I had arranged to go out for lunch with my daughter and her mother-in-law but we rapidly changed the venue to her house. She lives a few doors away from her grandparents and I needed an excuse to 'pop in' and get the keys. A quick stop at Tesco and two carrier bags of food later, I pulled up at Mam's house, just in time to meet the repair man and the neighbour, whose can of Fosters was balanced on Mam's wall. To be fair, the lady was very nice.
Once ensconced in the house, with the phone and keys, I relaxed a little. The food was collected by my daughter and I settled onto the sofa to watch the TV while the repair man fixed the wonky door. I sat starving for the next 3 hours in front of a blank TV screen, which I could not, for the life of me, switch on.
All attempts to contact Mam for instructions proved futile and, as I soon discovered, only served to set off that irritating ringtone on her mobile. How would I know, you might ask? Because it was charging up in the corner of the lounge. Of course it was.
My text suggesting we eat at Nana's house was vehemently rejected. Something to do with being, ‘Not my fault and nigh time Nana stopped trusting random strangers... exacerbating my IBS... causing undue anxiety... keys... cars... roofs...'
By the time Mam returned, the Day Nurse was wearing off and my head was thumping. Apparently the doctors weren't much further forward with a diagnosis, but at least Tom was now on an orthopaedic ward.
The repair man had almost finished and I wondered whether there was any food left. I really fancied one of the custard slices. My mobile rang. It was Audi.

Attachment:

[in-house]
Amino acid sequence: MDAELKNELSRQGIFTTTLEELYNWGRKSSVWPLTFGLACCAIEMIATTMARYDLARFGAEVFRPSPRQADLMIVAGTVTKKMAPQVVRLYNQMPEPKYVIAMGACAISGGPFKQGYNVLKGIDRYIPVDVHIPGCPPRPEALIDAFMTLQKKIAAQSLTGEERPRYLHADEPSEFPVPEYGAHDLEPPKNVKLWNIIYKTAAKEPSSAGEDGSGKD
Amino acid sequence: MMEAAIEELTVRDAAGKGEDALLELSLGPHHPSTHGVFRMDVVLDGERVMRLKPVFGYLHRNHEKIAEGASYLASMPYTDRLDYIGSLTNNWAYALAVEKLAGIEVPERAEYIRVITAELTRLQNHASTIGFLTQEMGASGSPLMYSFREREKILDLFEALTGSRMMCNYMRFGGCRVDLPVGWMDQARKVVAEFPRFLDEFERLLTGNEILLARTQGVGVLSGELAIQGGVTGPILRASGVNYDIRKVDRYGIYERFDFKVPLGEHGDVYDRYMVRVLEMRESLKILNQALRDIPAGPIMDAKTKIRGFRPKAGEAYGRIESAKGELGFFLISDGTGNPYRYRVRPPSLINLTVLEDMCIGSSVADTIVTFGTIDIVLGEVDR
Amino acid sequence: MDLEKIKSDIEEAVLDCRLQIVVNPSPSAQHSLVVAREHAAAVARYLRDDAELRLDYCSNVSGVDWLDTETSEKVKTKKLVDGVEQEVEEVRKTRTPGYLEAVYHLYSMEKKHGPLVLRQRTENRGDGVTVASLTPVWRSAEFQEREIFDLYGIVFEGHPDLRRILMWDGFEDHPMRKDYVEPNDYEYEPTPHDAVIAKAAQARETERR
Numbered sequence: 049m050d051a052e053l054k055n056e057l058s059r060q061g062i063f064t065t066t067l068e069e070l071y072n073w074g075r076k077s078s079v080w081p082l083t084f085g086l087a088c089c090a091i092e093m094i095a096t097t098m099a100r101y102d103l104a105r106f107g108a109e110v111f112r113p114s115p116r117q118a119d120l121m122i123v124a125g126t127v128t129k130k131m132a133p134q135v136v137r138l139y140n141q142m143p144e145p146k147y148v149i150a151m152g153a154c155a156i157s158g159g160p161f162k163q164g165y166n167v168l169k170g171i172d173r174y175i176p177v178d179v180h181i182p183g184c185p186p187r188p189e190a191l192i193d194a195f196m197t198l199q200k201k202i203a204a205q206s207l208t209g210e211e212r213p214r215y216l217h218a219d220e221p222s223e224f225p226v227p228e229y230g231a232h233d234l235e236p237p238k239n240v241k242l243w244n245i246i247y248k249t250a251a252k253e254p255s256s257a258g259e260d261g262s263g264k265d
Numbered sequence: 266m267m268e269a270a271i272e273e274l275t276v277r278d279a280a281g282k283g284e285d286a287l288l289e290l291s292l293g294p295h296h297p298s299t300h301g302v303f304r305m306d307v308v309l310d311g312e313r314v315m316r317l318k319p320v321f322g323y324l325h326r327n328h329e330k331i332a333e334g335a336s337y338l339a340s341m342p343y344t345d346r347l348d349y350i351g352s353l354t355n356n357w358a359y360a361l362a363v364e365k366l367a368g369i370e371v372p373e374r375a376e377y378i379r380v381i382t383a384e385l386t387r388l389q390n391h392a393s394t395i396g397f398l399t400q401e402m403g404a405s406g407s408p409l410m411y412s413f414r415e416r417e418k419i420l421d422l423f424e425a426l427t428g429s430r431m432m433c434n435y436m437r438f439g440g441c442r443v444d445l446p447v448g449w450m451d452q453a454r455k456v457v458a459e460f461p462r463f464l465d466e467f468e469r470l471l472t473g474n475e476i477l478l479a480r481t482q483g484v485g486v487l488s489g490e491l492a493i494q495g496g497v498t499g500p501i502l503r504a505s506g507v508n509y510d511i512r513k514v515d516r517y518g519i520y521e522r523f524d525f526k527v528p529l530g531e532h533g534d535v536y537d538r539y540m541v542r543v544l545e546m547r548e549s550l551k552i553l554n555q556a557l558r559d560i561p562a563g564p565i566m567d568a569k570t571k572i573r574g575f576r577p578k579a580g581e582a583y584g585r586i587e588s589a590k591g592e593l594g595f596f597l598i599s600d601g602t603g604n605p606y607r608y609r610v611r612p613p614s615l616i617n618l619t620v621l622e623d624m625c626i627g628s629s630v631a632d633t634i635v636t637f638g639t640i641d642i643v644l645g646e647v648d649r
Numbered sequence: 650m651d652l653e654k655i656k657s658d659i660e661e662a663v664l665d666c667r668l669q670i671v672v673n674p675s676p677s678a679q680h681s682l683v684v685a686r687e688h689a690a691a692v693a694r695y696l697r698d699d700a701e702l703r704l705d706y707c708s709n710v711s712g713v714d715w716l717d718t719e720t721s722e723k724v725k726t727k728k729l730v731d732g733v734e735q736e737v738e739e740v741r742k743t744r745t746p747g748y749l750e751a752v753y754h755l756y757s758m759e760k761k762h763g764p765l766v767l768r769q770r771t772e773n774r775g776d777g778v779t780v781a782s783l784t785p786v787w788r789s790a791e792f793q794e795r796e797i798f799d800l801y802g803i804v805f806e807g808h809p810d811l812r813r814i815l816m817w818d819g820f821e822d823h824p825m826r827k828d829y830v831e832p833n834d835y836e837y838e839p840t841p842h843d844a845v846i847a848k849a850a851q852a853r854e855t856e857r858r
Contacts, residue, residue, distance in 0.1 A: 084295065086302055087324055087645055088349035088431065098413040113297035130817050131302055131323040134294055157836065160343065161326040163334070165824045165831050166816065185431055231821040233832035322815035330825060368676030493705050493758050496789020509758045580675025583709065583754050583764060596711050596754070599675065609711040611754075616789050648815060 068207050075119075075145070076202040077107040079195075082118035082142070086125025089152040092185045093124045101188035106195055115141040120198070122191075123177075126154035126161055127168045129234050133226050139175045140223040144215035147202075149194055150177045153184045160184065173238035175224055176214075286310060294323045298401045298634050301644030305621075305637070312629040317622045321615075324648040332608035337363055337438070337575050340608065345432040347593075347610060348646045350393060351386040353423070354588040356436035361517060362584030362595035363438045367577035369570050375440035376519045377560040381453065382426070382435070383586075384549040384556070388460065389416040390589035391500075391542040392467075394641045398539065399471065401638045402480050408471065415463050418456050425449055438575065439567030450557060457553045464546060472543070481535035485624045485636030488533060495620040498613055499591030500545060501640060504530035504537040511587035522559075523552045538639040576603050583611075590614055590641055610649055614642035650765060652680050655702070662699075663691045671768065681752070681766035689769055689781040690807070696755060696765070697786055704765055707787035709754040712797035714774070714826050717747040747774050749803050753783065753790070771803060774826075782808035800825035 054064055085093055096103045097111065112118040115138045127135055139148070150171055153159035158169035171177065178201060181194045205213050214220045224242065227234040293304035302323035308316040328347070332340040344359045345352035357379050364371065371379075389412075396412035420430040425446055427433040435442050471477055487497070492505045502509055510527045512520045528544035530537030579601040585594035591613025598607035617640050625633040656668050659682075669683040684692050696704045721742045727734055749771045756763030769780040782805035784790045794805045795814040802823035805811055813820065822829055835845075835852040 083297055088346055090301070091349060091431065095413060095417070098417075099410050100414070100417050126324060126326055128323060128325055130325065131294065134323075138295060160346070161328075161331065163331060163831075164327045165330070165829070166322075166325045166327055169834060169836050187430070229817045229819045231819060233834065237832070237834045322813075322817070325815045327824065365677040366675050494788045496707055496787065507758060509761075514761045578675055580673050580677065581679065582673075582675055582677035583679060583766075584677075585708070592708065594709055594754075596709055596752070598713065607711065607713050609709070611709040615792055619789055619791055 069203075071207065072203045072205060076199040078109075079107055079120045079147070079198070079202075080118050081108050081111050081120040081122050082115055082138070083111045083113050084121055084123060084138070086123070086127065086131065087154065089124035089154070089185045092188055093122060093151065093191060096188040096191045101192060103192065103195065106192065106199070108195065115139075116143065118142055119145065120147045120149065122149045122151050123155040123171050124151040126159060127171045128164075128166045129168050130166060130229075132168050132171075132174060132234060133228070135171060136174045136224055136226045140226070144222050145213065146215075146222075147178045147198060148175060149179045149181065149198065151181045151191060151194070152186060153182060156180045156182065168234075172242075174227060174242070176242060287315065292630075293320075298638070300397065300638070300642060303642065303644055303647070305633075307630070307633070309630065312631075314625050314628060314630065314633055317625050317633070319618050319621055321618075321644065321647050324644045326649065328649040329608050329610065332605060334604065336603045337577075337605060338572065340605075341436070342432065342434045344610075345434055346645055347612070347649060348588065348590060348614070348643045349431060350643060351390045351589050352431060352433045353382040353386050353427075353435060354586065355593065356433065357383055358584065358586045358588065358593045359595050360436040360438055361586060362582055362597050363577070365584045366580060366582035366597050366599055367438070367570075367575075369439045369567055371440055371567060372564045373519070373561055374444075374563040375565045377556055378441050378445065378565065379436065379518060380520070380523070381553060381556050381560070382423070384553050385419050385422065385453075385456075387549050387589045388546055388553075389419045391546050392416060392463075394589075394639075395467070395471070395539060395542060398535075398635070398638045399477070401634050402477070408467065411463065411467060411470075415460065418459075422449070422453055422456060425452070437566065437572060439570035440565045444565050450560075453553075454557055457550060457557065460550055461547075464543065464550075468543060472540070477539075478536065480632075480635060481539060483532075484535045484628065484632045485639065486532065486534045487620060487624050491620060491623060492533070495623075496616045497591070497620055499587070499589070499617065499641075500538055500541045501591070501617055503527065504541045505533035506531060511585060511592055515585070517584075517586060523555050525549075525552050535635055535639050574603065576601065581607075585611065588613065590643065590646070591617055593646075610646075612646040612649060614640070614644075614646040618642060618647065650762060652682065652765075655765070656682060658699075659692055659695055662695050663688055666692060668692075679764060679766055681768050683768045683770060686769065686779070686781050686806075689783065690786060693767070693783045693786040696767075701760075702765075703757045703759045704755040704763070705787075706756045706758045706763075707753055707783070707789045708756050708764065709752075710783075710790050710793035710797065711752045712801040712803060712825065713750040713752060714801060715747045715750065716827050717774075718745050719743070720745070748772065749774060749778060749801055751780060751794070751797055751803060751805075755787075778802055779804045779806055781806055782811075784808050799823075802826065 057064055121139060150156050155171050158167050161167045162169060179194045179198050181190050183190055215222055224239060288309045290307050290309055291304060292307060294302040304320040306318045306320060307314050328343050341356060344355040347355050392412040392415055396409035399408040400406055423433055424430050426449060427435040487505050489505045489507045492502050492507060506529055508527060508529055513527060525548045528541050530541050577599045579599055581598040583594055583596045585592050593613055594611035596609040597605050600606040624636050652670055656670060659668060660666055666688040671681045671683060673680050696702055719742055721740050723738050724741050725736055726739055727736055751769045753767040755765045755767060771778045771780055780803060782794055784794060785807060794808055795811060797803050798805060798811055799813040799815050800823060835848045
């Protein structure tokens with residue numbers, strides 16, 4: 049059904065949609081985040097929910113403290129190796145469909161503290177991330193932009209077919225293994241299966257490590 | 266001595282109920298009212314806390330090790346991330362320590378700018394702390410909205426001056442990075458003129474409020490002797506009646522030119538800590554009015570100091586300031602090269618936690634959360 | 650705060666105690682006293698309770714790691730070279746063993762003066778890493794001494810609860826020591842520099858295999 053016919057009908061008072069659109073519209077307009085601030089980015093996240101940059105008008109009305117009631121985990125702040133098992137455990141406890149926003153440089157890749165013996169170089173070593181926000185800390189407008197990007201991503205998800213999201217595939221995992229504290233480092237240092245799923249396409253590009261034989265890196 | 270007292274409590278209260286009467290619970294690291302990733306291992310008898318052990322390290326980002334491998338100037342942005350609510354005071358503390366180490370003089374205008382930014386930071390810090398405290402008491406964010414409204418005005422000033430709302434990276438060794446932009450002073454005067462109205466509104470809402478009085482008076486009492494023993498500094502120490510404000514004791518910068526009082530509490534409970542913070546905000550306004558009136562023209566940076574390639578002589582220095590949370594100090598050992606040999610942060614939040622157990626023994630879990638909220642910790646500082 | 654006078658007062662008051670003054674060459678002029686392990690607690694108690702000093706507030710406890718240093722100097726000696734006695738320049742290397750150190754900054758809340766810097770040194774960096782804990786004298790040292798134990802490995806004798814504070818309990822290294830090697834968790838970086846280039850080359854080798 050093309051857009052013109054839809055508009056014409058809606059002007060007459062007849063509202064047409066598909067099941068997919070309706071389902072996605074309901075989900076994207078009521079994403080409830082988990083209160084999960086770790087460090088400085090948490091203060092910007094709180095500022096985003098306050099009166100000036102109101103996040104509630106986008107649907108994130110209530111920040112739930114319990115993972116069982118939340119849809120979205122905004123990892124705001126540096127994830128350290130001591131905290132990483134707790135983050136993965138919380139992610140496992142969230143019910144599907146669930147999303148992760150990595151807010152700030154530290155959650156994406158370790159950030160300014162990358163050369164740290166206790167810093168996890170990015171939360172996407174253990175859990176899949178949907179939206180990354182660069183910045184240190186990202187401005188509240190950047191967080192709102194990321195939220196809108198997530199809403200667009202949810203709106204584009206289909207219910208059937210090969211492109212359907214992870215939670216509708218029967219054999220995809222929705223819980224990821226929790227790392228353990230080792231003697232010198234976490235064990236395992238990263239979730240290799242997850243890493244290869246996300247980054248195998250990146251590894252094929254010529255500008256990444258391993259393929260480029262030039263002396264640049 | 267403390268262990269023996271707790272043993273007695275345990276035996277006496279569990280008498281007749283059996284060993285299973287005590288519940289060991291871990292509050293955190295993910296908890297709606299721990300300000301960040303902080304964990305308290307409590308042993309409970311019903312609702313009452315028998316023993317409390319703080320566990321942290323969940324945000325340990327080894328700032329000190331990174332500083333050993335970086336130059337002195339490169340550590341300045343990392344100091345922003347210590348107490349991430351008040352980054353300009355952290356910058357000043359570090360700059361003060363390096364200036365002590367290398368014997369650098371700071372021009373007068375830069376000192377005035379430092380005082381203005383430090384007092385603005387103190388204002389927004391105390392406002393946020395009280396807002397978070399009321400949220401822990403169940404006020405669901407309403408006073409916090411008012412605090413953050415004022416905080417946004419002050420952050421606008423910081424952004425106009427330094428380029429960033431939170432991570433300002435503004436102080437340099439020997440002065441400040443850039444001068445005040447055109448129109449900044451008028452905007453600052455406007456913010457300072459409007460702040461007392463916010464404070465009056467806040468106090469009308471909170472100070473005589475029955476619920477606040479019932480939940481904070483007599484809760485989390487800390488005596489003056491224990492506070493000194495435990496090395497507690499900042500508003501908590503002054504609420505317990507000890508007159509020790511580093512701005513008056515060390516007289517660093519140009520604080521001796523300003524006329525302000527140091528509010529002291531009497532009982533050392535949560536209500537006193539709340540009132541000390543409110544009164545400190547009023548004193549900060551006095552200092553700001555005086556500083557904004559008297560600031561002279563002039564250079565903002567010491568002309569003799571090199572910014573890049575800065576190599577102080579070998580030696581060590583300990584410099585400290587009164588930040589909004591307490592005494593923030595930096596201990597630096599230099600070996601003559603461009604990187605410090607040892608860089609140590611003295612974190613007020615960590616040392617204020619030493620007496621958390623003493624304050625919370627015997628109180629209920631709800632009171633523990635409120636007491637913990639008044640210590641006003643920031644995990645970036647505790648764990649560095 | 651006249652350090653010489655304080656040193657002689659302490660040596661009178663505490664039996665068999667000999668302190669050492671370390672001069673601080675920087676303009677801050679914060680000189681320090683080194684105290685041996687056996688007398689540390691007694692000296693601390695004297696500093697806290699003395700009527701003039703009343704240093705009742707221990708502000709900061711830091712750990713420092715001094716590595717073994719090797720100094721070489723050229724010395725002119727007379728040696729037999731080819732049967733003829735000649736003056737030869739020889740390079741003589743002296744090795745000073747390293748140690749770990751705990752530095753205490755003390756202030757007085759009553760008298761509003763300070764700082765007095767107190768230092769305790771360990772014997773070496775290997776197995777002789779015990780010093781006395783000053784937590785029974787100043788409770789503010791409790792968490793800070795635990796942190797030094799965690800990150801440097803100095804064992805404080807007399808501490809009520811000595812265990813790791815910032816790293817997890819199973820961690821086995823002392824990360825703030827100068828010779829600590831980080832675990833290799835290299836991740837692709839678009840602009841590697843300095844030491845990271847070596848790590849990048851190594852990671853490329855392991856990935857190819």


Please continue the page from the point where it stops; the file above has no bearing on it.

‘I am phoning you to be upfront and honest,’ said Ayden, the young salesman. What? ‘You can`t pick up your new car tomorrow, I have ordered the wrong one. I ticked the wrong box. Would you take a different spec with three doors? Or the same model in a different colour?’
‘Absolutely not!’ What the Hell…..? It had taken me years to be able to just say afford to pay an arm and a leg for my dream car.......... a brand new Audi A1 sport back, 5-door, in a beautiful scuba blue. ‘No way.’ Was he for real?
‘I can re-order it and offer you a courtesy car,’ came the rather blasé reply.
‘I can't park a courtesy car at work, it's electronic eye recognition and set up to recognise my new registration from Monday morning.’
‘Well, can't you change it with work?’
‘No, not on a Friday afternoon. I start at 7.30 am on Monday, I live 10 miles away and I don't live on a public transport route. My old car is getting picked up next week and is uninsured from tomorrow anyway.’
I had wandered into the conservatory by this point and could hear pigeons dropping stones on the roof. Apparently they do that deliberately to tease Mam and Tom's dog.
‘Shall I order another car for you? It's my fault and I want to be up-front about it. I don't know if, or when, a new one will be available though.'
As I sat in the conservatory, with stones stotting off the roof, I actually said the words, ‘It bloody well beggars belief...’ And that's why I have decided not to cut the scene with Michelle and her drive. Some people might think that Michelle has an unrealistic amount of ridiculous things happen to her, but I don't think so. She seems fairly normal to me...